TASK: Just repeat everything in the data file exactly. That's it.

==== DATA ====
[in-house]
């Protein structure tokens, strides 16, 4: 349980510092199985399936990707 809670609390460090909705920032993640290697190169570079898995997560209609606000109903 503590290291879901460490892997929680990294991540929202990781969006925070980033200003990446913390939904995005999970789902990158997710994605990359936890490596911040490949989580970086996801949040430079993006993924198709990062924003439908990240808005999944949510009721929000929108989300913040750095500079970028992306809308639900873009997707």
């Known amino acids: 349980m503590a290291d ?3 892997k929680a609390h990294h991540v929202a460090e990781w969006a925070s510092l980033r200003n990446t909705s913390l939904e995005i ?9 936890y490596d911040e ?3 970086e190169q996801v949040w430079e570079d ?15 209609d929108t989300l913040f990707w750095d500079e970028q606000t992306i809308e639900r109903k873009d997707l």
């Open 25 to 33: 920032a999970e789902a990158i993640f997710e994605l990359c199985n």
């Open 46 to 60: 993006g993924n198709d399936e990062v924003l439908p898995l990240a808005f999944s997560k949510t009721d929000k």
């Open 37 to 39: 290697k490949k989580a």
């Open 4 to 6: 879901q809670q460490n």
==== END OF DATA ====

[in-house]
């Protein structure tokens, strides 16, 4: 349980510092199985399936990707 809670609390460090909705920032993640290697190169570079898995997560209609606000109903 503590290291879901460490892997929680990294991540929202990781969006925070980033200003990446913390939904995005999970789902990158997710994605990359936890490596911040490949989580970086996801949040430079993006993924198709990062924003439908990240808005999944949510009721929000929108989300913040750095500079970028992306809308639900873009997707």
């Known amino acids: 349980m503590a290291d ?3 892997k929680a609390h990294h991540v929202a460090e990781w969006a925070s510092l980033r200003n990446t909705s913390l939904e995005i ?9 936890y490596d911040e ?3 970086e190169q996801v949040w430079e570079d ?15 209609d929108t989300l913040f990707w750095d500079e970028q606000t992306i809308e639900r109903k873009d997707l």
């Open 25 to 33: 920032a999970e789902a990158i993640f997710e994605l990359c199985n």
């Open 46 to 60: 993006g993924n198709d399936e990062v924003l439908p898995l990240a808005f999944s997560k949510t009721d929000k």
């Open 37 to 39: 290697k490949k989580a």
């Open 4 to 6: 879901q809670q460490n």